Interaction:  If you are a thinker interacting with a feeler, you need to force yourself to be sensitive.  You will need to ask people how they are feeling.  Feelings ARE important and you need to believe it.  If you are a feeler interacting with a thinker, you need to force yourself to value a bigger picture in decisions.  In cases where it is the right decision to let an employee go in your company, feelers will normally focus on the near term pain without understanding the long term benefit to a larger group of people.

Judging vs Perceiving

The second letter is either a J for Judging or an P for Perceiving.

Judgers love to plan things out and are very punctual with their time commitments.  A judger will create budgets, schedules, organization plans, business plans, forecasts and will be great at measuring how well they are achieving their goals.  Judgers get extremely frustrated when someone is late to a meeting; or fails to plan future events in relative detail.

Perceivers like to keep their options open.  They are extremely good at impromptu events where they have to do something without prior notice or preparation.  They often don’t understand why people are so uptight about rules, deadlines and plans.  Perceivers don’t need rigid rules or plans and feel restricted when someone imposes such controls on them.

Interaction:  If you are a Judger interacting with a Perceiver, ease up.  You need to be able to communicate why you need a plan or schedule and how it will help a team work better together.  It may even be necessary to point out past missed deadlines that happened as a result of not planning to reinforce why you insist on a plan of action; and why certain tasks should not be done at the last-minute.  If you are a Perceiver interacting with a Judger, you need to show respect for organization.  We all miss deadlines on occasion, but you need to communicate why you understand that planning and deadlines are important for team success.

Which Personality is Best?

As you may have guessed, each personality profile letter has its advantages and disadvantages and so there is no good or bad personality type.  The key is to recognize the advantages and leverage those advantages in people with personality types that are opposite of your own.

Are you One or the Other?

Like most things in life, it is rare that a person is 100% of one type or the other.  Often times people have either learned to be balanced; or do not naturally move far to one side or the other in any one of these Myers-Briggs personality types.  For instance, you can be an Introvert in some situations and an Extrovert in other situations resulting in a combination personality type.  Or you can favor one personality trait, but still value its opposite meaning you will not be extreme in your favored type.

Personal Preferences vs Diversity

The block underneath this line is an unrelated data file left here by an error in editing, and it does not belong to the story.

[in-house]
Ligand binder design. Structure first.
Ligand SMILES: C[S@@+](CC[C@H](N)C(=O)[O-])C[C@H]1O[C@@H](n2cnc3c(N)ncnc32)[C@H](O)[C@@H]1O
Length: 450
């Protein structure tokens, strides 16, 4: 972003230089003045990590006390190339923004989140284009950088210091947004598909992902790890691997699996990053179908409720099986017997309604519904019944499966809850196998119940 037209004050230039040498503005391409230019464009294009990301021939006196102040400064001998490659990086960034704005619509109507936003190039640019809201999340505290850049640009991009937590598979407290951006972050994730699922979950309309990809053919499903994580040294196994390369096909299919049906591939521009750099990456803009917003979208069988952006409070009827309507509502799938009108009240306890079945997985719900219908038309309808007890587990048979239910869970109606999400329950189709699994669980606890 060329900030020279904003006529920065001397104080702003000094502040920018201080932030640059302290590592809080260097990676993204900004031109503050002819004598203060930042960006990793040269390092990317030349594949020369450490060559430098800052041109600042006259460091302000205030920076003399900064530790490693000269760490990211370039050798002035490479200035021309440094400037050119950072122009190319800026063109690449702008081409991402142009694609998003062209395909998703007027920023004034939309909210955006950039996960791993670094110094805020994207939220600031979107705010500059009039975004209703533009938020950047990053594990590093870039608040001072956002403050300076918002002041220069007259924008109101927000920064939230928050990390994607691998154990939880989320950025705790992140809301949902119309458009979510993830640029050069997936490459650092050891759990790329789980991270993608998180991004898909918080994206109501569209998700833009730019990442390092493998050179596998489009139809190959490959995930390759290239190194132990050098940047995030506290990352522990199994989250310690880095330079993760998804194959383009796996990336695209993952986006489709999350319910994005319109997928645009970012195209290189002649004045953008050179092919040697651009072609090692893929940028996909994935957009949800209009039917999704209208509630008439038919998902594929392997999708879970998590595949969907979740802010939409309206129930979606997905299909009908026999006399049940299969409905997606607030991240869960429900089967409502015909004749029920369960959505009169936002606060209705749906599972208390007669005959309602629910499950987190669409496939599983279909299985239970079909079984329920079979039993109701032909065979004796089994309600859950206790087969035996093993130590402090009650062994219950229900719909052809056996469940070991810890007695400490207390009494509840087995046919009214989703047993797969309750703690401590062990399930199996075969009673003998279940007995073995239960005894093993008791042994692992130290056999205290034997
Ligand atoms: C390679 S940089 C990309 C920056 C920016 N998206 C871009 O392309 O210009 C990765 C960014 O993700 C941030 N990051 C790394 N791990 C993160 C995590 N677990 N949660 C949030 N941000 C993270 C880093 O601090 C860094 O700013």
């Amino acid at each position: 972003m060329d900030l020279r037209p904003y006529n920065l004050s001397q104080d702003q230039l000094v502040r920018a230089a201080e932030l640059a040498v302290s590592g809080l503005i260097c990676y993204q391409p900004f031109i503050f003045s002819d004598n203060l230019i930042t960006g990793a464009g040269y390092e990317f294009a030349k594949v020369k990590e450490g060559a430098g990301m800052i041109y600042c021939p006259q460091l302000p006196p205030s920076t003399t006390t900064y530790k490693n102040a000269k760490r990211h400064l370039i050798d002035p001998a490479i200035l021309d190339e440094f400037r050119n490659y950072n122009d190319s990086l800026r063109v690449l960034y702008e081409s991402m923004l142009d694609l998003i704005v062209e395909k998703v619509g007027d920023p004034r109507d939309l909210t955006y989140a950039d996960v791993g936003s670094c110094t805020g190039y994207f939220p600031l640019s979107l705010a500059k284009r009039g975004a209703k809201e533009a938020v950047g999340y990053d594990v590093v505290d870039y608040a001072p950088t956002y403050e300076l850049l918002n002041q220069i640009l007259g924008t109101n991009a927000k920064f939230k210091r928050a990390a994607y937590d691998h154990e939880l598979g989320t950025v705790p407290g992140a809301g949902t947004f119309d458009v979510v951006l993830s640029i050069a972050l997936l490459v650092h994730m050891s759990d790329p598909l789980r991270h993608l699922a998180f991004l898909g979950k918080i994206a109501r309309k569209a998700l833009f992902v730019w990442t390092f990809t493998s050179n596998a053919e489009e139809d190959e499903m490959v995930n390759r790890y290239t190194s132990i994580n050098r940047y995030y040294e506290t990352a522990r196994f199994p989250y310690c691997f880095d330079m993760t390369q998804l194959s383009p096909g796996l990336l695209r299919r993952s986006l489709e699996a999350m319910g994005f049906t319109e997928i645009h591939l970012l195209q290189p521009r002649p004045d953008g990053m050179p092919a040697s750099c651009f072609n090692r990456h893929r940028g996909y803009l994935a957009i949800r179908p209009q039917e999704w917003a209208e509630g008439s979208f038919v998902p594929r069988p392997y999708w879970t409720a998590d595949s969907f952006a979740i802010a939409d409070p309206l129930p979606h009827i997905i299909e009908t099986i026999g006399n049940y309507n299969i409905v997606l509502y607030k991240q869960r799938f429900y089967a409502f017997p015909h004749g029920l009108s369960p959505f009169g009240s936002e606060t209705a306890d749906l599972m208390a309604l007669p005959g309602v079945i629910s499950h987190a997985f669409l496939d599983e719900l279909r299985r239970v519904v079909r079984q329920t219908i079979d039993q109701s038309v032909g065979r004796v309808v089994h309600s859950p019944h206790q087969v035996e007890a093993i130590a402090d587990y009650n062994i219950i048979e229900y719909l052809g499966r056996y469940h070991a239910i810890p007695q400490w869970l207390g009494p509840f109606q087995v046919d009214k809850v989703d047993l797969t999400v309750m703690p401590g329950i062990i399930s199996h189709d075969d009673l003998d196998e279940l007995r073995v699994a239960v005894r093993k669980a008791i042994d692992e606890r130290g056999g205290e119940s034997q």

It is normal to recognize your own personality types in other people.  Most business owners and managers tend to hire people who are like themselves. Unfortunately, this makes for very poorly operating teams.  Imagine you are a quarterback.  What if you hired ten more quarterbacks to make up your offense on your football team? You would have a team that could not run the ball, couldn’t catch passes and would be lousy at blocking.  Most football fans understand an offensive right tackle has much different skills than a quarterback, and the combination of these two diverse talents is needed to form a high-performing football team.

As a business manager, you need people around you that are not like you.  You need different personality types that will like doing work you hate to do.  If you develop the skills to manage a diverse team well, and educate your team on the advantages of different personality types, you will be amazed at how well you will succeed.

Your Myers Briggs Personality Type

If you’d like to know your Myers Briggs personality type, you can take a free simple test online.  I also recommend you have others you work with or live with do the same.  It is interesting to know your personality type and how extreme you are in each personality category.  This will help you interact with others to provide you a harmonious work and home life.

If you’d like to learn more about Myers-Briggs Personality Types, please click here.

Note from the Author
My name is Jeff Schuster.  I am a certified Life and Business Coach serving small business owners, corporate executives and others who want to transition from “expert” to “entrepreneur”.  I have been a small business owner for most of my 30-years in the workplace.  I grew an energy efficiency and renewable energy engineering and construction company from nothing to over $10-million/year and sold it in 2013.  I now help other business owners make amazing progress toward their own dreams of business ownership independence and success.